Among the different extracts of S. indicus the hexane extract of the leaf was found to be the most promising. This extract was subjected to Column chromatographic fractionation. Each fraction was analyzed by TLC and fractions with similar spots were pooled, and bioassay was conducted. The pooled fractions were F1-F2, F3-F7, F8-F9, F10-F12, and F16-19. Among the tested fractions, F3-F7 exhibited 100% larvicidal activity for all the three species of mosquitoes at 10 mg/L. The experiment was repeated three times and showed the same results confirming the activity of fractions F3-F7. Fractions F3-F7 showed the presence of UV absorbing spots as well as Iodine absorbing spots. This pooled fraction was subjected to FT-IR and the spectrum Fig. 4 showed the presence of major peaks at the following wavelengths viz., 2918, 2649, 1464 and 1377cm-1. The sharp bands at 2918, 2649 cm-1 indicate the presence of C-H stretching. The band at 1464 cm-1 shows the C-H bending and 1377 cm-1 is for rocking vibrations. These absorbances are characteristics of alkyl groups.
FIG. 4: FT-IR SPECTRUM OF FRACTIONS F3-F7 IN KBR
The results of the phytochemical analysis of the plant parts of S. indicus are given in Table 2. The qualitative study carried out with the hexane extract of the leaf, flower, and arial part of S. indicus showed the presence of carbohydrate, tannin, and flavonoids. The hexane extract of flower and aerial parts showed the presence of phenolic compounds also. Carbohydrate, tannin, flavonoids or phenols were absent in the active fraction F3-F7. However, it showed the presence of terpenes along with other crude extracts as shown by the Salkowski test.
TABLE 2: QUALITATIVE ANALYSIS OF THE PHYTOCHEMICALS OF S. INDICUS EXTRACTS AND ACTIVE FRACTION
|Phyto-chemicals||Arial part extract||Leaf extract||Flower extract||Fractions F3-F7|
Sphaeranthus indicus Linn. is well known for its medicinal properties such as hepatoprotective activity 11, anti-hyperlipidemic property 12, antipyretic 13, anti-bacterial 14, antiviral 15, anti-inflammatory 16, anthelminthic 17, and anti-filarial activity 18. A large number of constituents have been isolated from the extracts of whole herb, leaves, and flowers. The essential oil obtained by steam distillation of the whole herb, contains ocimene, α-terpinene, methyl-chavicol, α-citral, geraniol, αionone, ß-ionone, d-cadinene, p-methoxycinnamaldehyde 19and an alkaloid sphaeranthine 20. Two potent anticancer compounds β-Sitosterol and 7-hydroxyfrullanolide were isolated from petroleum ether extract of S. indicus 21. A major sesquiterpene lactone isolated from petroleum ether fraction of S. indicus flowers showed acetylcholine esterase inhibitory activity 22.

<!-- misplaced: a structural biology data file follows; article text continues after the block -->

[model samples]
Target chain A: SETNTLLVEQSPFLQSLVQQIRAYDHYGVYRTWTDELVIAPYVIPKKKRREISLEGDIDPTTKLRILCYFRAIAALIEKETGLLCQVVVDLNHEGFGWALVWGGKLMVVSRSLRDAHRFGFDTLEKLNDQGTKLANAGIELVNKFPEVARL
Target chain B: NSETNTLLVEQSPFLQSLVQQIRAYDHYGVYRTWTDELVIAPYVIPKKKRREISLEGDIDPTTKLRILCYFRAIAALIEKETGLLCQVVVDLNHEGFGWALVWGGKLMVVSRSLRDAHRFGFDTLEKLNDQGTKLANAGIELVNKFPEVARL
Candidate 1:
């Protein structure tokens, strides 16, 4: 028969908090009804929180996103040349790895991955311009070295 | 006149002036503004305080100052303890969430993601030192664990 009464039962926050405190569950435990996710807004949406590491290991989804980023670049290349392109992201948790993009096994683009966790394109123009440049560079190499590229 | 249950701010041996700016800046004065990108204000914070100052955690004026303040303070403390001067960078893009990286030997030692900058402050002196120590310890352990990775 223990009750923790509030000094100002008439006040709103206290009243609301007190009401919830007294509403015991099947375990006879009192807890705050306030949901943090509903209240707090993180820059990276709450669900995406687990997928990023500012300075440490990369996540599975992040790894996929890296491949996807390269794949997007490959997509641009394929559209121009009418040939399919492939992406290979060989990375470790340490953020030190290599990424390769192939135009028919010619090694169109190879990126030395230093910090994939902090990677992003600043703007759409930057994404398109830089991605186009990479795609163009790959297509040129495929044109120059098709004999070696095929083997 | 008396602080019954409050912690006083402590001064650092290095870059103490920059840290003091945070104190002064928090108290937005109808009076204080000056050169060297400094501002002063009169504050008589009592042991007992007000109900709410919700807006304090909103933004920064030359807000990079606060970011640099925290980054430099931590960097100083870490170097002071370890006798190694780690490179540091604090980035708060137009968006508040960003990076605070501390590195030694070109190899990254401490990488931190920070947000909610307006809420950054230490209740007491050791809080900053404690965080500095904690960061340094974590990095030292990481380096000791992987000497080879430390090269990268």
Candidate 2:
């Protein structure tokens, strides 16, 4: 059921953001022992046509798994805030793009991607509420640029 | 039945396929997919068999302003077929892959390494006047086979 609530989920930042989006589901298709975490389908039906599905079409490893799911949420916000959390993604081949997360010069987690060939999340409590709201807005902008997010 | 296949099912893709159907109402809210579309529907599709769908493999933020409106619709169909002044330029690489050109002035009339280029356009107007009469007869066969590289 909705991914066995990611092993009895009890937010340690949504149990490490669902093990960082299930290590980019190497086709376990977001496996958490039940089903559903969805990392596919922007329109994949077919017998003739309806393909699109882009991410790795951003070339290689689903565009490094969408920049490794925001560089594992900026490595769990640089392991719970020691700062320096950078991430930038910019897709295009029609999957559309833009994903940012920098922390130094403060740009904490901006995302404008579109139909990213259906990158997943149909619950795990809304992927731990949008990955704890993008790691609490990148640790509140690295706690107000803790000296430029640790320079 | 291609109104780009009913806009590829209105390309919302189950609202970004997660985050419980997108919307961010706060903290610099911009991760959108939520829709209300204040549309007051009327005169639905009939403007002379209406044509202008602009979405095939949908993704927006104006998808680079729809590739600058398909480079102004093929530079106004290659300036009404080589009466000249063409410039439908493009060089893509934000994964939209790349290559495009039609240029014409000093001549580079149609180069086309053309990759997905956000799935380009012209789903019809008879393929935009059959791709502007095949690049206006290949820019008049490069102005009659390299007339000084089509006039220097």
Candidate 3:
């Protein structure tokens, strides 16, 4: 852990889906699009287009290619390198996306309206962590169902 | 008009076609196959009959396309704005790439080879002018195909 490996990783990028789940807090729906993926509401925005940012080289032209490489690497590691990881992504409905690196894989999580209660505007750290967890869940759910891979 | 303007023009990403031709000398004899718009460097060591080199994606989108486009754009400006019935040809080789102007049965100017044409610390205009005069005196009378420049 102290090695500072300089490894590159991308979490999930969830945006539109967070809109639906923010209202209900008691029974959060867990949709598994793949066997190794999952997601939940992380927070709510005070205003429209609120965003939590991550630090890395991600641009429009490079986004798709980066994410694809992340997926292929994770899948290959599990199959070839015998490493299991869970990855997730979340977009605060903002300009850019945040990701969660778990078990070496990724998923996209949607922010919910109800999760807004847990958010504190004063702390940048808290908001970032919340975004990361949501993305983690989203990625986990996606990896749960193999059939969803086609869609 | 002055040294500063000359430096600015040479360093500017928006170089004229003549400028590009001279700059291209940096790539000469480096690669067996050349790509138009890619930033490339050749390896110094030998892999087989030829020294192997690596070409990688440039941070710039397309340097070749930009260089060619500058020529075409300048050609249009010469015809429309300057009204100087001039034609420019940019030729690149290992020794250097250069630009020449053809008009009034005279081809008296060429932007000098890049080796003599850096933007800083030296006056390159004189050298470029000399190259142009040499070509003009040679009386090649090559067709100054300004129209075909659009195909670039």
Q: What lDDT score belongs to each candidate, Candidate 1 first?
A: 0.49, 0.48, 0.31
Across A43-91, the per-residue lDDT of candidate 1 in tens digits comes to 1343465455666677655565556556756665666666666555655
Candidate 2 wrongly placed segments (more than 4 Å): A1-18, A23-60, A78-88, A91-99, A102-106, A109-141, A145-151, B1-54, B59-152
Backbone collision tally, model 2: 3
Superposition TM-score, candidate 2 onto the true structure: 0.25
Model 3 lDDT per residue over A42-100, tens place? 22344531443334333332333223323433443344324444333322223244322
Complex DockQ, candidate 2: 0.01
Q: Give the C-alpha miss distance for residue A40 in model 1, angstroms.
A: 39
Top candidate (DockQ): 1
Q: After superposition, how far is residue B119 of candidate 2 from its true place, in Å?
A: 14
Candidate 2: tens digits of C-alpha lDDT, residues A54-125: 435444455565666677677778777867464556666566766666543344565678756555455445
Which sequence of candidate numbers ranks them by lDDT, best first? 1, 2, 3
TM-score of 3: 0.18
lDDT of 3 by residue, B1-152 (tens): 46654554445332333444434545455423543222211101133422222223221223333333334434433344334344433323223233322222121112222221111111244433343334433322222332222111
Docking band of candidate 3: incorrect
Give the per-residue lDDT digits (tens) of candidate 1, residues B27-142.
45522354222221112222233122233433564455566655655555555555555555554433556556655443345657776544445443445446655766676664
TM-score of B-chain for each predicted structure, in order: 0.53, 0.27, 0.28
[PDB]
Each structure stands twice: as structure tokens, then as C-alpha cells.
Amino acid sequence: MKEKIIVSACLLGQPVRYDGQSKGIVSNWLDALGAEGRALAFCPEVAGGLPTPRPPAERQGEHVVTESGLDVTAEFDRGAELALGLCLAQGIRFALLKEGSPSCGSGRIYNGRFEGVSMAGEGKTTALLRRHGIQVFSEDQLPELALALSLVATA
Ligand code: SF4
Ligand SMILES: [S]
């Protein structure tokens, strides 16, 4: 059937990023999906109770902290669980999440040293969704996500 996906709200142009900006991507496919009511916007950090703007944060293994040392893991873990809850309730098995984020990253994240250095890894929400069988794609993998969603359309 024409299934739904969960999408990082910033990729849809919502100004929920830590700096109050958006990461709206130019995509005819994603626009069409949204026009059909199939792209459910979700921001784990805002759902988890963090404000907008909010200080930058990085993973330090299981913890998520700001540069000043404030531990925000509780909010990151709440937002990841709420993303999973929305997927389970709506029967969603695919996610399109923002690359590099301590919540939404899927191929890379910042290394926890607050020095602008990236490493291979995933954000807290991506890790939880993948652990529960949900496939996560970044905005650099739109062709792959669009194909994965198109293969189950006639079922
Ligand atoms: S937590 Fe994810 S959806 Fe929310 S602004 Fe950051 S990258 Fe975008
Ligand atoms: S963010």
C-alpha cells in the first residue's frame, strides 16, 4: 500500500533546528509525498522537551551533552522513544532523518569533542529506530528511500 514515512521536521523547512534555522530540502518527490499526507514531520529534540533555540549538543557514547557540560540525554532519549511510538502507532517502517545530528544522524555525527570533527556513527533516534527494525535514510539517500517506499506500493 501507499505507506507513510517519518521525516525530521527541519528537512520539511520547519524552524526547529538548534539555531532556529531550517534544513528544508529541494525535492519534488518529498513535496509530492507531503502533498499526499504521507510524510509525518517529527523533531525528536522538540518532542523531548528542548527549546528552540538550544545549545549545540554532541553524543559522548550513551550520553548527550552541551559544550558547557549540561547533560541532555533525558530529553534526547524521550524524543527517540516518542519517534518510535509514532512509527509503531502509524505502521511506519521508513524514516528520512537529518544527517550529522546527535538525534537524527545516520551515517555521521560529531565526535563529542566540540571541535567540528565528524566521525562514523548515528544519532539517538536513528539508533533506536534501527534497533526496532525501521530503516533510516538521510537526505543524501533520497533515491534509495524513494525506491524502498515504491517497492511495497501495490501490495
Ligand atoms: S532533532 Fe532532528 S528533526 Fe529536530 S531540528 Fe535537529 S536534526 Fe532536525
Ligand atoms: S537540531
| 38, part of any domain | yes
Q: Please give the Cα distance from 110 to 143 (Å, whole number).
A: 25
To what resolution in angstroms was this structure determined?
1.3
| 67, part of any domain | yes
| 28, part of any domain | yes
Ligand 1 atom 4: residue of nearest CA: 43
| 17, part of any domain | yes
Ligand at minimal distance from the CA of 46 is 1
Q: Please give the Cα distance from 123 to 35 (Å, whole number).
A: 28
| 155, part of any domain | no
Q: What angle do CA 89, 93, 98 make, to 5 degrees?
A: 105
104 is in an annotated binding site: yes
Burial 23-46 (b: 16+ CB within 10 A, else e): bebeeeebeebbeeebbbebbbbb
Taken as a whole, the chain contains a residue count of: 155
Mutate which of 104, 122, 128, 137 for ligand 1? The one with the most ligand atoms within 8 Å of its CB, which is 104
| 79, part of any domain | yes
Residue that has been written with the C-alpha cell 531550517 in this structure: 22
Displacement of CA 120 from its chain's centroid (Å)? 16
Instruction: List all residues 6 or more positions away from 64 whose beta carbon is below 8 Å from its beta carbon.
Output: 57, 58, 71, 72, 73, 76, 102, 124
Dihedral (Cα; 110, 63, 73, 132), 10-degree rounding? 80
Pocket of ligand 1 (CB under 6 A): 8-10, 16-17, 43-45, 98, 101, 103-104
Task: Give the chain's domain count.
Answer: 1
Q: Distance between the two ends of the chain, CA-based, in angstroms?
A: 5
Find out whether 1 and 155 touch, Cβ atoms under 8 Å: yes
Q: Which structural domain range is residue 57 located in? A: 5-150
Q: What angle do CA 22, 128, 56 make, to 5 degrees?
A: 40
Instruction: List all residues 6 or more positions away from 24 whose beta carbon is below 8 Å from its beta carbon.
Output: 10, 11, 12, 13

The mosquito larvicidal activity of S. indicus extracts against C. quinquefasciatus 5 was reported recently. However, no attempt has been made to isolate the active fraction responsible for the larvicidal activity of this plant extract. This study examined the larvicidal activity of S. indicus against the three mosquito species such as A. stephensi, C. quinquefasciatus and A. aegypti. The leaves, flowers and the aerial parts of S. indicus were extracted with different organic solvents of varying polarity such as hexane, chloroform, ethyl acetate, and methanol and screened against all the three species of mosquitoes. The results showed that the extract with the highly nonpolar solvent hexane exhibited the maximum larvicidal activity against all the three species of mosquitoes. This shows that the active principle is a lipophilic molecule or combination of nonpolar molecules.
This was evidenced by the bioassay-guided fractionation where the fractions F3-F7 eluted with hexane showed 100% mosquito larvicidal activity against all the three species of mosquitoes tested at 10 mg/L. FT-IR spectroscopy of this active fraction showed the presence of C-H stretching, C-H bending and C-H rotating bands indicating the presence of long-chain alkanes. No other functional group was shown by the FT-IR spectrum of the active fraction. The Salkoswski test showed the presence of terpenes. The TLC analysis showed the presence of three major spots visualized by UV 254 nm lamp and Iodine absorption. Hence, the active fraction is a combination of a minimum of three components as evidenced by the FT-IR and TLC analysis consisting of long-chain alkanes and terpenes.